Are you aware of the tax implications of diversifying your farming business?


Chris Campbell

Chris Campbell

Tax Senior Manager


This article first appeared in Scottish Farming Leader, NFU Scotland’s members’ magazine.

In recent years, many farmers have considered diversification to improve the viability of their farming businesses.  However, some may be unaware that moving away from their traditional farming activity could potentially jeopardise valuable tax advantages that are uniquely available to farming businesses.

Diversification could include letting out farm cottages as Furnished Holiday Lettings, selling produce in a farm shop, agricultural contracting, using the land for grazing for horses instead of livestock and letting out surplus farmland for more than 365 days. But is this farming? The diversified activity could constitute a separate “trade” from the farming activity or, for example, may be taxable as Rental Income instead of Trading Income. At the outset, you should check with your local Council whether the new venture will be subject to business rates. Check what rate of VAT applies to what you are selling and whether it affects your ability to recover ‘input’ VAT from HMRC.

In the medium term, many unincorporated farming businesses will take advantage of Farmers’ Averaging to smooth the cash flow impact of their income tax bills, however significant diversification could affect the ability to claim this.  Whether a farming business continues to qualify as ‘trading’ can also affect the rate of Capital Gains Tax payable in the event of the sale or gift of the business.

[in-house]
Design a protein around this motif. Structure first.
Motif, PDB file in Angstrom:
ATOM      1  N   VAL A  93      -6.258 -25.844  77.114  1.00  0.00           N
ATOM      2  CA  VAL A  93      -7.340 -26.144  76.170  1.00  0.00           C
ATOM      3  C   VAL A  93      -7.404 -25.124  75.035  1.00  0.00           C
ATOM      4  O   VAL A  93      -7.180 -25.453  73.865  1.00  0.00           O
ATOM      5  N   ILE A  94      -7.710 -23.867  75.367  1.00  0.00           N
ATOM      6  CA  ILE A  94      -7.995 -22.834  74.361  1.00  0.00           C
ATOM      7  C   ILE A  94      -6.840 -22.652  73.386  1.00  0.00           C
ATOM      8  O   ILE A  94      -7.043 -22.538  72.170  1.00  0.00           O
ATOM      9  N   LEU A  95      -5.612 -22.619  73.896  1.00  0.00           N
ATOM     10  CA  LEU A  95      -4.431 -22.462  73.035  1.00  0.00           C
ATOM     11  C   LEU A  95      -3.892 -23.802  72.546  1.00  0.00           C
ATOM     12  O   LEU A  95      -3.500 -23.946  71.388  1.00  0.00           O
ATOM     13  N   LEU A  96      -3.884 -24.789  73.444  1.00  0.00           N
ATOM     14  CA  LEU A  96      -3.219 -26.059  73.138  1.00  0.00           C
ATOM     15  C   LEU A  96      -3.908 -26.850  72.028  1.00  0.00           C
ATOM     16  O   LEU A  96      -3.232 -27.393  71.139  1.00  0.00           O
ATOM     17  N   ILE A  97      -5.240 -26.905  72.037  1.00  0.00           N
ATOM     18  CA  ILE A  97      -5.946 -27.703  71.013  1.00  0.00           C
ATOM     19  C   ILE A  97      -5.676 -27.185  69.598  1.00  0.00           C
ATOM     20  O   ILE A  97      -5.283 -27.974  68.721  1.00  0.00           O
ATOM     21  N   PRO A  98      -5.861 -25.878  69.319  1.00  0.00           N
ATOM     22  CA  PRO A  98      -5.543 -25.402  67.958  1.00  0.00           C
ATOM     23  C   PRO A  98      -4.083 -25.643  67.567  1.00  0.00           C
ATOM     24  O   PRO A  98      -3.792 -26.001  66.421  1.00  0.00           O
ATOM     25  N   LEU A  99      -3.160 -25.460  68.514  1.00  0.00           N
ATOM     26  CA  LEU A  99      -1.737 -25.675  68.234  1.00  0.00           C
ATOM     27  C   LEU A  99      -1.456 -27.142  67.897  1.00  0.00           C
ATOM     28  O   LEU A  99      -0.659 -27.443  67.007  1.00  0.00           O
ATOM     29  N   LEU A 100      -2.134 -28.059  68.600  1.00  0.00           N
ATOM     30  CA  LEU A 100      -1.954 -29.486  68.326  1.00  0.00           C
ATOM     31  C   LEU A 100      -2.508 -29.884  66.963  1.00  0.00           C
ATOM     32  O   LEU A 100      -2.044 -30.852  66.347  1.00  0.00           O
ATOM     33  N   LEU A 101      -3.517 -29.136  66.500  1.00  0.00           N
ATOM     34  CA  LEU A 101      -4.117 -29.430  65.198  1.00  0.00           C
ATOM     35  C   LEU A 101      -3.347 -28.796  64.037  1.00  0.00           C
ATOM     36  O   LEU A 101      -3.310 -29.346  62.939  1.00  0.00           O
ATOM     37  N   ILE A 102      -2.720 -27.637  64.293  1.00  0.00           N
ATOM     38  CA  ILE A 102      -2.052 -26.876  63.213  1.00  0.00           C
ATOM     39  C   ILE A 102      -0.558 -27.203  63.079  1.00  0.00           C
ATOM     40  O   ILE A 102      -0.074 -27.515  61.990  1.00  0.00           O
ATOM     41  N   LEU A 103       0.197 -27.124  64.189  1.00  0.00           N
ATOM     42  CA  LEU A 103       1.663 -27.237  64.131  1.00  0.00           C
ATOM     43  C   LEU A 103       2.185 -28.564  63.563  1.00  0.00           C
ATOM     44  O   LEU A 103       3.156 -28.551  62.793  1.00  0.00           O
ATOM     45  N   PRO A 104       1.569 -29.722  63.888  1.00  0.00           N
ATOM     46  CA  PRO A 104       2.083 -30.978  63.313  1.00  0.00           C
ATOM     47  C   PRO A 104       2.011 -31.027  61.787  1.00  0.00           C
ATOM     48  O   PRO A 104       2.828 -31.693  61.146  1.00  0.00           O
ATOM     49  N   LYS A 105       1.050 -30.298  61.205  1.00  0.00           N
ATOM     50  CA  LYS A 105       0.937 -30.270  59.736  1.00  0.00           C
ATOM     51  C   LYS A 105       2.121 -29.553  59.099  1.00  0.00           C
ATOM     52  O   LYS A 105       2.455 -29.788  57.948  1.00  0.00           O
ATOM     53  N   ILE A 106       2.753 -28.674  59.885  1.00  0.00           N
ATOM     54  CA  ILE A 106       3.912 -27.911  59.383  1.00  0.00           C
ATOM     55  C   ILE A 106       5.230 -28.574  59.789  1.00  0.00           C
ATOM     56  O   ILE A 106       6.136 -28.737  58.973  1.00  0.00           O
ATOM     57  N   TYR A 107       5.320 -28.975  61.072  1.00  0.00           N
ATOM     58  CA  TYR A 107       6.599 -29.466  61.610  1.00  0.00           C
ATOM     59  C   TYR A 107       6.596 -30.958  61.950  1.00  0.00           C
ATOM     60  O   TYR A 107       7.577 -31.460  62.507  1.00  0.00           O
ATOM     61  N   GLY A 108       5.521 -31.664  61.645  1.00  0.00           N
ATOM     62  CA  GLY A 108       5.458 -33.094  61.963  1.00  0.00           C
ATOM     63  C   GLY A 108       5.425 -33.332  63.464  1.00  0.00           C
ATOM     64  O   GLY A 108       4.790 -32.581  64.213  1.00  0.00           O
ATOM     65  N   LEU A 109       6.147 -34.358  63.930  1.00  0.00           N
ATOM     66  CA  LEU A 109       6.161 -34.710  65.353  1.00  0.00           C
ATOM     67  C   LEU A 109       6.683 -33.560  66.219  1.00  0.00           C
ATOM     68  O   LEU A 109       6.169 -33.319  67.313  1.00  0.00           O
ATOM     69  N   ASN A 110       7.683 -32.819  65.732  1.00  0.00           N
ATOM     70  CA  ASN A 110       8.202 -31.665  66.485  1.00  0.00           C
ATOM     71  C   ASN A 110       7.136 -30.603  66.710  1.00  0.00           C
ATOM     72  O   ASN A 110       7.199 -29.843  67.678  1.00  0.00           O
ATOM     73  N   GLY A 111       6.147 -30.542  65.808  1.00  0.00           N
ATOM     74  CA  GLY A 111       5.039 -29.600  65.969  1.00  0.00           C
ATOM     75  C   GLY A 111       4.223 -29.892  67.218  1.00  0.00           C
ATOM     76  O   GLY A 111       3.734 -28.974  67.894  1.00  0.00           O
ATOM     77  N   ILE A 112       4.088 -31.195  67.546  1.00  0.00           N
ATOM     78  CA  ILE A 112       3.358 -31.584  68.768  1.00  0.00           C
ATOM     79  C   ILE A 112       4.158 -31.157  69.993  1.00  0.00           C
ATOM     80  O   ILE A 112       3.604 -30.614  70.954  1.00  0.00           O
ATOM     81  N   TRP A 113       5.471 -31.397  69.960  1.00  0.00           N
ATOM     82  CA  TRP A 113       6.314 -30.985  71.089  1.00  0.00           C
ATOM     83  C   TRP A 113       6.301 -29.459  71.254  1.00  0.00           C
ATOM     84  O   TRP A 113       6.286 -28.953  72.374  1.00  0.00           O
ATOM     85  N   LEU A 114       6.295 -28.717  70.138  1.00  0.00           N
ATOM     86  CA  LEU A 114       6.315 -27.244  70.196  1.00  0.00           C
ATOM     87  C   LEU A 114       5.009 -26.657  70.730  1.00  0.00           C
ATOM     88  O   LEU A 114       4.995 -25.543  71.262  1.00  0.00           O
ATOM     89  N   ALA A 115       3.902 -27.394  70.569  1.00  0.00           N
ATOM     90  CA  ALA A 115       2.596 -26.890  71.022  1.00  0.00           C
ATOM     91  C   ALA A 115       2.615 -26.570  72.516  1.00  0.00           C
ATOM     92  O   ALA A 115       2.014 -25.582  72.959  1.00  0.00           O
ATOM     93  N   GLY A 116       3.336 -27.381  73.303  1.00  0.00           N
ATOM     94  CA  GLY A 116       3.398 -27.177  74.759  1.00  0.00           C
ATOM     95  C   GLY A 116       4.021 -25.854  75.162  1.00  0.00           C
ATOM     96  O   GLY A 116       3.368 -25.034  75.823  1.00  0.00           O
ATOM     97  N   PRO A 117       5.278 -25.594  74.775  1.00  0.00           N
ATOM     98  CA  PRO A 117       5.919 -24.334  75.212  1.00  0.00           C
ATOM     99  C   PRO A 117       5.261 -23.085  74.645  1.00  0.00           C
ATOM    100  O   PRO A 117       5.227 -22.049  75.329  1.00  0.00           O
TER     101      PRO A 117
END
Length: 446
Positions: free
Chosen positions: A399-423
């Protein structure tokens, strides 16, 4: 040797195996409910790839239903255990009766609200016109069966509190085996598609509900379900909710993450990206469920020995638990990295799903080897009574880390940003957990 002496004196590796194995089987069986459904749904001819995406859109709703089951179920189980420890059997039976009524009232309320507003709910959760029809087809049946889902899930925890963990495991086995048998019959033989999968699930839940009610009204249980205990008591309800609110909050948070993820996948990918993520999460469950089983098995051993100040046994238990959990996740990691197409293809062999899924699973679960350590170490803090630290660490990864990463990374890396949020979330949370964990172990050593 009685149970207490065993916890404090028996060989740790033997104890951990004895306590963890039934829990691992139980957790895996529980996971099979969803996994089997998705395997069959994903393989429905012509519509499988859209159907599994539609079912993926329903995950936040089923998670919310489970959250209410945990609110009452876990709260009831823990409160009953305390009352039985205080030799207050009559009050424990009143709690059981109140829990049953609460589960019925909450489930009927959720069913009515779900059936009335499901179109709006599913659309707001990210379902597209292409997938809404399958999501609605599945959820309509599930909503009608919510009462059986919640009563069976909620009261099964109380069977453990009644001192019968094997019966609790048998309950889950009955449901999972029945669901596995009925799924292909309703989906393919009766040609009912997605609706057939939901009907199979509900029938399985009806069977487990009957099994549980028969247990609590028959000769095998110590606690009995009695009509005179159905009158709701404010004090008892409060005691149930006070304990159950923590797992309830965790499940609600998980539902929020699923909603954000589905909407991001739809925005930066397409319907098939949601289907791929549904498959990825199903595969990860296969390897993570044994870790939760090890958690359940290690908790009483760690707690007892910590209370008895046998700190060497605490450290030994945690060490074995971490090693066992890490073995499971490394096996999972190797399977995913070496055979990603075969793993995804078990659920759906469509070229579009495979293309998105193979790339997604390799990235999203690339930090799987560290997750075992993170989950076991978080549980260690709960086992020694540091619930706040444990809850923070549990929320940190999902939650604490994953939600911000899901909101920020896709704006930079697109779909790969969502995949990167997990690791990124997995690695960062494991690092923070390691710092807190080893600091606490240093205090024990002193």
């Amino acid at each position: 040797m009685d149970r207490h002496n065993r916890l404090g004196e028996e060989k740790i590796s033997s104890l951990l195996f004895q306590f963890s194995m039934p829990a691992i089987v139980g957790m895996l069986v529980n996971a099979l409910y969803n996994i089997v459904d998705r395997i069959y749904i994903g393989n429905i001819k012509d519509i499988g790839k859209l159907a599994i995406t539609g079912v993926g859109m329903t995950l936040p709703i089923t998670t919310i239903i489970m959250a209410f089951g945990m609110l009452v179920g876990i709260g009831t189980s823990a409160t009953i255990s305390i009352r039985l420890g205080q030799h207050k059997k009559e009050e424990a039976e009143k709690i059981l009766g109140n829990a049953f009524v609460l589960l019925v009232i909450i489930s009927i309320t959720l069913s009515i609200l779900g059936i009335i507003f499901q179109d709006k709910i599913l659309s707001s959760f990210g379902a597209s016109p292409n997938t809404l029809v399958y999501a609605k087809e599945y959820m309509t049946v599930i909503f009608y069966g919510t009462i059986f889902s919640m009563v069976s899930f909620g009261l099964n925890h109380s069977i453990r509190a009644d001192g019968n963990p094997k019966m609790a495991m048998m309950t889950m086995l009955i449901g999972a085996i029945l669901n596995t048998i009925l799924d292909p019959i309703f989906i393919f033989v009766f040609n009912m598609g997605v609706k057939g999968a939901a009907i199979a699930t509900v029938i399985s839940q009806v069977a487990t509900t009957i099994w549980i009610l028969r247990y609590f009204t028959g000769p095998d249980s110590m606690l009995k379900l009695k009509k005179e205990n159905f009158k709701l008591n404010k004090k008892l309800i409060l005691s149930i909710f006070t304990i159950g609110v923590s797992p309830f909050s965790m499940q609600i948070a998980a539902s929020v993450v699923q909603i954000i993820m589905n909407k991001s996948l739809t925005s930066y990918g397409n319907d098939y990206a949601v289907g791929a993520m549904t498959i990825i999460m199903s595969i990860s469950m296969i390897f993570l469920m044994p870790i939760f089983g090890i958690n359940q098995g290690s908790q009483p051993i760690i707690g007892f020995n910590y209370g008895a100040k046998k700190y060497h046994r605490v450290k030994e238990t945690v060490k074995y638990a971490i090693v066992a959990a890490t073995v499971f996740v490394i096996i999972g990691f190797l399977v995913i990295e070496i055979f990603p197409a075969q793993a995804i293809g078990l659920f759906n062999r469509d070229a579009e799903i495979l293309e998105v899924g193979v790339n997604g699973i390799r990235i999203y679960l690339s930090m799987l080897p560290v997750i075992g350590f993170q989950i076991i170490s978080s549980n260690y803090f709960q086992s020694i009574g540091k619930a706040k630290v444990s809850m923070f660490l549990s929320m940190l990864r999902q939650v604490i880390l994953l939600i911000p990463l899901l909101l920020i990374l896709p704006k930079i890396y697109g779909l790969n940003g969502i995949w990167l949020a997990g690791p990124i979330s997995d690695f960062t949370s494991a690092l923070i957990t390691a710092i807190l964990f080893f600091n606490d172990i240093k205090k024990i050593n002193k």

Significant diversification may also affect the Agricultural Property Relief and/or Business Property Relief available for Inheritance Tax purposes. The availability of these reliefs to diversified farm businesses is complicated and dependent on the interpretation of case law. Tailored tax advice is required, and always check the updated guidance as what was true last year may well have been overturned in the meantime.

Because of the potential tax issues, many farming businesses consider running their new activities via a limited company.  Correctly structured, this can be advantageous - Corporation Tax rates are generally lower than Income Tax and National Insurance rates.  Limited companies can however create additional complications compared with unincorporated businesses, particularly in relation to ‘personal’ expenses.  Favours become taxable (and possibly subject to NICs), so be aware that you cannot simply withdraw or borrow funds or assets from a company without considering tax consequences.

Whilst farm diversification may make valid commercial sense, ensure you take tax advice in advance so that potential pitfalls can be identified and dealt with to avoid surprises. To discuss your plans and the impact these may have on your tax position, get in touch with me at chris.campbell@jcca.co.uk or your usual Johnston Carmichael contact.